The Cat, the Dog, Little Red, the Exploding Eggs, the Wolf and Grandma
Written and Illustrated by Diane and Christyan Fox
Scholastic,2014, 32 pp.
The Story Starts Here!
Written and Illustrated by Caroline Merola
Owl Kids, 2014, 36 pp.
Humor can be sly and subversive, based on the reader’s awareness that certain traditional elements of a book or a well-known story are being twisted by the storyteller. The humor in these two picture books draws from their metafictive elements as well as the contrast between the perspectives of children and adults. As postmodern picture books, they play with format and expose the artistic creation of the book by having the narrator speak directly to the reader. The playfulness of the dialogue between characters assumes that the readers possess a certain knowledge base of stories and so may require a more sophisticated reader to fully appreciate the humor.
The Cat, the Dog, Little Red, the Exploring Eggs, the Wolf and Grandma is a playful story about a story of Little Red Riding Hood. A cat and pup argue their way through a reading of the traditional story with the cat exhibiting an exasperated adult response to the constant interruptions of the irrepressible, literal-minded pup. The pup is sure “The Red Hood” must have superpowers given her red cape and grows very concerned about her intelligence, pointing out “I mean, if there were a wolf dressed up as MY grandma, I might have noticed right away.” His own retelling of the story and questioning about whether the cat is “absolutely sure this is a children’s book” will provoke chuckles from readers. The cat and dog also have a running joke about the endpapers of the book. The illustrations are simple line drawings with only a touch of color. The words of the cat and dog are emphasized through plenty of white space and excellent use of capital letters and bold type.
The dry British humor of the text will appeal to older readers who know the traditional tale and so can appreciate the many allusions in the conversation between the cat and dog. Adults will hear themselves in the words of the frustrated cat and connect to their own interactions with literal-minded children. Both will walk away with a new view of a familiar tale and a good laugh. Younger children who are immersed in a study of many versions of Little Red Riding Hood might enjoy this book as a good ending experience, a way to play with their understandings of the traditional tale.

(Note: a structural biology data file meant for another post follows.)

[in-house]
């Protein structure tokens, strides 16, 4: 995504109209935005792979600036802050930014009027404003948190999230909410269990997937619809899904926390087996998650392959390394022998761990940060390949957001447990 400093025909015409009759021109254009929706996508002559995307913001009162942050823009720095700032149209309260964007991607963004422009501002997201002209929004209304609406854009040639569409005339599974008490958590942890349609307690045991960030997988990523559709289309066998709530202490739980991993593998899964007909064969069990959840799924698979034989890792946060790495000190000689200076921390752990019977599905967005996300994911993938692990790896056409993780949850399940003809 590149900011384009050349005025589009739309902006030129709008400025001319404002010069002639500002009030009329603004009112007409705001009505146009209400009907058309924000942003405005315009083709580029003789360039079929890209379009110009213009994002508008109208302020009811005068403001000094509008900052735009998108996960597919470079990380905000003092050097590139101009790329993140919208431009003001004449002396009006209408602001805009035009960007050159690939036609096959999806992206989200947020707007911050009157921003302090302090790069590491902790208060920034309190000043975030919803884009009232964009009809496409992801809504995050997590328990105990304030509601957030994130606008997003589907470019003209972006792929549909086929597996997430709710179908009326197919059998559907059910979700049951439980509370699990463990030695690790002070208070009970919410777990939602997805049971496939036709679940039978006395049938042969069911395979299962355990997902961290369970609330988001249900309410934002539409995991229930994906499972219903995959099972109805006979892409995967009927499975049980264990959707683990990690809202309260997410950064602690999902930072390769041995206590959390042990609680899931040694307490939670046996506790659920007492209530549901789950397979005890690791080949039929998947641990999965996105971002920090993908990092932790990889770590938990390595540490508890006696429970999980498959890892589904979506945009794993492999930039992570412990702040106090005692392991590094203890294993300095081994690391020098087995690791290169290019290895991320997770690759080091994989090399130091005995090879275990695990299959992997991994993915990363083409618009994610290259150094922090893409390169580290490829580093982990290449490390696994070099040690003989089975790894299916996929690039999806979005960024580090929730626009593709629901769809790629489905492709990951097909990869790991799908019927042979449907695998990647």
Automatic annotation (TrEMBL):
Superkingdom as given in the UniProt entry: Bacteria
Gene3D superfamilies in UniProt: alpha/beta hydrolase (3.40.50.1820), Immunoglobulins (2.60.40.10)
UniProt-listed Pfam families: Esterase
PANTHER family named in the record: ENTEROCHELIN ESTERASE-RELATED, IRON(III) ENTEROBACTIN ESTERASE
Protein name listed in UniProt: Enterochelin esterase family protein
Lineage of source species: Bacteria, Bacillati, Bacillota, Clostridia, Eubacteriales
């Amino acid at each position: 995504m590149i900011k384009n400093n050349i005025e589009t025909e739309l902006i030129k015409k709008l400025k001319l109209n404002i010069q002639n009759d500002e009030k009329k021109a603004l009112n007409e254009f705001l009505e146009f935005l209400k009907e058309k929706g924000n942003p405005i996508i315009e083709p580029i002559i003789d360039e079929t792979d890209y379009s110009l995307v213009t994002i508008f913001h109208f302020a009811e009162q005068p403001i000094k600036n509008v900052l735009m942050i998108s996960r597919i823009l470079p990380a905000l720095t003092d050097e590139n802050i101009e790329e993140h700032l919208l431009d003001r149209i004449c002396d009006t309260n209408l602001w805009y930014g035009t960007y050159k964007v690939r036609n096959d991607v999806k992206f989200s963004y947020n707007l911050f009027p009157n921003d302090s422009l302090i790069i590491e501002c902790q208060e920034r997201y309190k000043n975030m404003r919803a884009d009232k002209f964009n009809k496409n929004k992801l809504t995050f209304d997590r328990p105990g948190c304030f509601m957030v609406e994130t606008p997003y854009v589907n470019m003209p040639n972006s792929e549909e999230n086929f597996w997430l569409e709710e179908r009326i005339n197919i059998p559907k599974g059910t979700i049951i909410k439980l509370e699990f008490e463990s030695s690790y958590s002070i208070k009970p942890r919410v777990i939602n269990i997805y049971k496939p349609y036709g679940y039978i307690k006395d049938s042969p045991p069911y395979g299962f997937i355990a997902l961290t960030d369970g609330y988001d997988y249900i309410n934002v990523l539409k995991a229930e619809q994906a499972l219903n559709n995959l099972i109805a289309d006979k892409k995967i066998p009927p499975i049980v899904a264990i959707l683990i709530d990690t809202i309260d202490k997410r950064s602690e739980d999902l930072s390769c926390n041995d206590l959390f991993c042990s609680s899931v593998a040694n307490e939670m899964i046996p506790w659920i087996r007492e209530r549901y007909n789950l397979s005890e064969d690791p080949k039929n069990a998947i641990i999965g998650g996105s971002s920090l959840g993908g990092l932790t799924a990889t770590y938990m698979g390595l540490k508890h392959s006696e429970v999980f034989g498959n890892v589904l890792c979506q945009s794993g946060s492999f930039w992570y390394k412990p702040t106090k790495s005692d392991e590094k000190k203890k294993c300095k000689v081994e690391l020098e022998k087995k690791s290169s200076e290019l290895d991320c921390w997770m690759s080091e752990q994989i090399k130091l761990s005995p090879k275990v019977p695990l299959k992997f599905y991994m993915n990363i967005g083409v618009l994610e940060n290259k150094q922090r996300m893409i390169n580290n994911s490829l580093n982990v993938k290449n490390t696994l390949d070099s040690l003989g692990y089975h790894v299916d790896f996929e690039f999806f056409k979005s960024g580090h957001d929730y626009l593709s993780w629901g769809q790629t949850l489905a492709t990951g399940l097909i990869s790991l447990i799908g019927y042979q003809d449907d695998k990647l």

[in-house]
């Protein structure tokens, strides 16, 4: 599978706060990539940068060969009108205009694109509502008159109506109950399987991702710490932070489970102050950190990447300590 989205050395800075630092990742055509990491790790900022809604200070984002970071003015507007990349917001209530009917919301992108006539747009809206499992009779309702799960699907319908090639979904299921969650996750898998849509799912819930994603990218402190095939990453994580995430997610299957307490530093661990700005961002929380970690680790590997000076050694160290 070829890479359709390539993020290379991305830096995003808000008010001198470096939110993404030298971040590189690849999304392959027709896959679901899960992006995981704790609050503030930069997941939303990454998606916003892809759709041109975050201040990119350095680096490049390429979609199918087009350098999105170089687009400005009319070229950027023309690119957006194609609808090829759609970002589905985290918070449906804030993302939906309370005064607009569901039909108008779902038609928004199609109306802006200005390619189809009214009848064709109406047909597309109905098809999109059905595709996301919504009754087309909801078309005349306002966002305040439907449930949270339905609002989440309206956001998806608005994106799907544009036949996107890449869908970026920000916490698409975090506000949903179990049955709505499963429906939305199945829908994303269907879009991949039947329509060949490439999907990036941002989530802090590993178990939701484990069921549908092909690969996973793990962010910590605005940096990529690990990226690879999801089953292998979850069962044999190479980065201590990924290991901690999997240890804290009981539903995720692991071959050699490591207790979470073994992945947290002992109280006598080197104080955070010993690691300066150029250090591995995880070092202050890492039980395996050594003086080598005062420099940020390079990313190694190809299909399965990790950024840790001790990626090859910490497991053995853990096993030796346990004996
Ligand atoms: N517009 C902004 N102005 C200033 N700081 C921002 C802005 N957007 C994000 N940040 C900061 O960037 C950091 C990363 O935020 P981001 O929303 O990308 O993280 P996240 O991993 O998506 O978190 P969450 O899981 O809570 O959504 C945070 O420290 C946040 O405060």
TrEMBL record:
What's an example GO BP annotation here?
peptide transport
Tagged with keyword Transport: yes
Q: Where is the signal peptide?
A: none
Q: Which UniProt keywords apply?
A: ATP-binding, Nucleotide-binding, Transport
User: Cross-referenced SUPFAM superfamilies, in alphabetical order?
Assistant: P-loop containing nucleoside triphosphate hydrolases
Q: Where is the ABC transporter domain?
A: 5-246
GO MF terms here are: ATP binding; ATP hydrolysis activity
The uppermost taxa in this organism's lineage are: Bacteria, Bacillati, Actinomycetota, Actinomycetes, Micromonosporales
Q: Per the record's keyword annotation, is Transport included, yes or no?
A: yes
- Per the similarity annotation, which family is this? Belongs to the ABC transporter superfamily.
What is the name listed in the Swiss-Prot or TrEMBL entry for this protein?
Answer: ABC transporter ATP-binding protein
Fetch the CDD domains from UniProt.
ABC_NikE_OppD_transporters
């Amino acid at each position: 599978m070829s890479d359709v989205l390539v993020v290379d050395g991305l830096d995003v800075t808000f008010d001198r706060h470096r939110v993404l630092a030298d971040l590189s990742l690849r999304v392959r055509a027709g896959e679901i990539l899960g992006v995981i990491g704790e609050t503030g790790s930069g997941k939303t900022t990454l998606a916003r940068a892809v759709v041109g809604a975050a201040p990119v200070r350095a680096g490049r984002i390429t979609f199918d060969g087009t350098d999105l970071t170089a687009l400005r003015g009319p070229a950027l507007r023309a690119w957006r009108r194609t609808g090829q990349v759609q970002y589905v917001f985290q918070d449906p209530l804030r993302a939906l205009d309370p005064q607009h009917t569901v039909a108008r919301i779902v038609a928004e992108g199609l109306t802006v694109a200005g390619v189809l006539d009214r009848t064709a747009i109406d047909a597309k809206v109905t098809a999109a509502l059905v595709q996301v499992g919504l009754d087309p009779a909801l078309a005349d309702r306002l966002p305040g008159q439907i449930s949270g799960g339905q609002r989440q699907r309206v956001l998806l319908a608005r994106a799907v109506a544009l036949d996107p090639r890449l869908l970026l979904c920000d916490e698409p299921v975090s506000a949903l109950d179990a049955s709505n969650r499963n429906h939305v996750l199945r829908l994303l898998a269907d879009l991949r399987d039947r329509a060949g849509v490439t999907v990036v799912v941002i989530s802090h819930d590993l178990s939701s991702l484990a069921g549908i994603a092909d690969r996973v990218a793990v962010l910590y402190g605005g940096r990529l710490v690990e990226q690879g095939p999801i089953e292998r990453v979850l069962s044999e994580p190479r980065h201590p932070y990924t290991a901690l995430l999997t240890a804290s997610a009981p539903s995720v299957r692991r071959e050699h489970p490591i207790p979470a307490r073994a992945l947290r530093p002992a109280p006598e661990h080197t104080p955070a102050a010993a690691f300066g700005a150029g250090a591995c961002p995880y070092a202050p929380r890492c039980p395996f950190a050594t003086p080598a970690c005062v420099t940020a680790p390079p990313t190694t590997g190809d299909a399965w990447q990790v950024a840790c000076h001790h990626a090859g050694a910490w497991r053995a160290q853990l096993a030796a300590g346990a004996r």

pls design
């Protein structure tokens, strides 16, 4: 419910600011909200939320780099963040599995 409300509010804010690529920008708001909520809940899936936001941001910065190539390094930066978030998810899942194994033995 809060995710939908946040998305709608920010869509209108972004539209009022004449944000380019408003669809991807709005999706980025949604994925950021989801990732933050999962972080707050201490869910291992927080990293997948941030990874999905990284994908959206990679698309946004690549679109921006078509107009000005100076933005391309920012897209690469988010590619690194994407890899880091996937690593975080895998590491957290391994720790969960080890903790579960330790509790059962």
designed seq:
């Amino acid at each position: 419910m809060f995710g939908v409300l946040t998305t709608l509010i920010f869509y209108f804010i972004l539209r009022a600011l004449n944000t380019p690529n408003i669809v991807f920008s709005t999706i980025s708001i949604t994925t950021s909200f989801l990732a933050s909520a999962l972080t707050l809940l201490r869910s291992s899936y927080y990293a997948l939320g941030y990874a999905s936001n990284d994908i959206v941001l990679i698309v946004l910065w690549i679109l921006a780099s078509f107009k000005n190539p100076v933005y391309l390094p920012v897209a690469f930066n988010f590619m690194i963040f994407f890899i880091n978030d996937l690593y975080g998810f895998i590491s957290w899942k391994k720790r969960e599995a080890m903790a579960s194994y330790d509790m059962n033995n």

Christyan Fox is a freelance illustrator and writer and Diane Fox is a graphic designer, both from Thames Ditten, UK. They teach courses on picture books and are involved in packaging design, graphics, magazines and advertising in addition to creating picture books. They work together on story ideas and then Christyan does the final text and illustrations. Diane works out the page layouts and makes dummies to send to publishers as well as handles other aspects of the book business. Christyan studied animation and says that achieving movement of line is very important to him, citing Quentin Blake and Tony Ross as major influences, along with Cezanne because of his distortion of the rules of perspective to suit the needs of the image.
The Story Starts Here! is based around the humor of a young child who has decided to be contrary. The young wolf decides to start the book from the back, providing readers with directions on where to go for no other reason than “because I said so.” He also decides to play piano with his toes and wear his pants on his head, leading his exasperated parents to banish him to his bedroom. When he runs away, he finds the forest creatures fleeing from a fearsome creature, who turns out to be his own father walking on his hands because he felt like playing a joke. The reader is required to flip the book in order to continue reading the last several pages. This light hearted book about toddler rebellion encourages an interactive response from the reader and a nontraditional approach to book handling. The illustrations in colored pencils and ink along with the speech bubbles function to effectively pull readers into the world of a young child.
The book was originally published in French by Caroline Merola, a Quebec illustrator who has been published by various Canadian and American publishers. She says that she has been drawing for as long as she can remember, with a particular focus on animals, forests, friendly monsters, and mischievous children.
These two books would work well with other metafictive books that highlight the artistic process of creating a story, including Chloe and the Lion by Mac Barnett and Adam Rex (2012), Warning: Do Not Open this Book! by Adam Lehrhaupt and Matthew Forsythe (2013), There are Cats in this Book by Vivian Schwarz (2008), Chester by Melanie Watt (2008), and We Are in a Book by Mo Willems (2010).
Another fun text set are postmodern picture books that play on the character of wolves, such as Beware of the Storybook Wolves by Lauren Child (2000), Wolves by Emily Gravett (2005), The True Story of the Three Little Pigs by Jon Scieszka and Lane Smith (1989), Wait! No Paint! By Bruce Whatley (2001), The Three Pigs by David Wiesner (2001), and What Really Happened to Little Red Riding Hood: The Wolf’s Story by Toby Forward and I. Cohen (2005).
Kathy G. Short, University of Arizona, Tucson, Arizona
WOW Review, Volume VII, Issue 2 by World of Words is licensed under a Creative Commons Attribution-NonCommercial-ShareAlike 4.0 International License. Based on work at https://wowlit.org/on-line-publications/review/vii-2/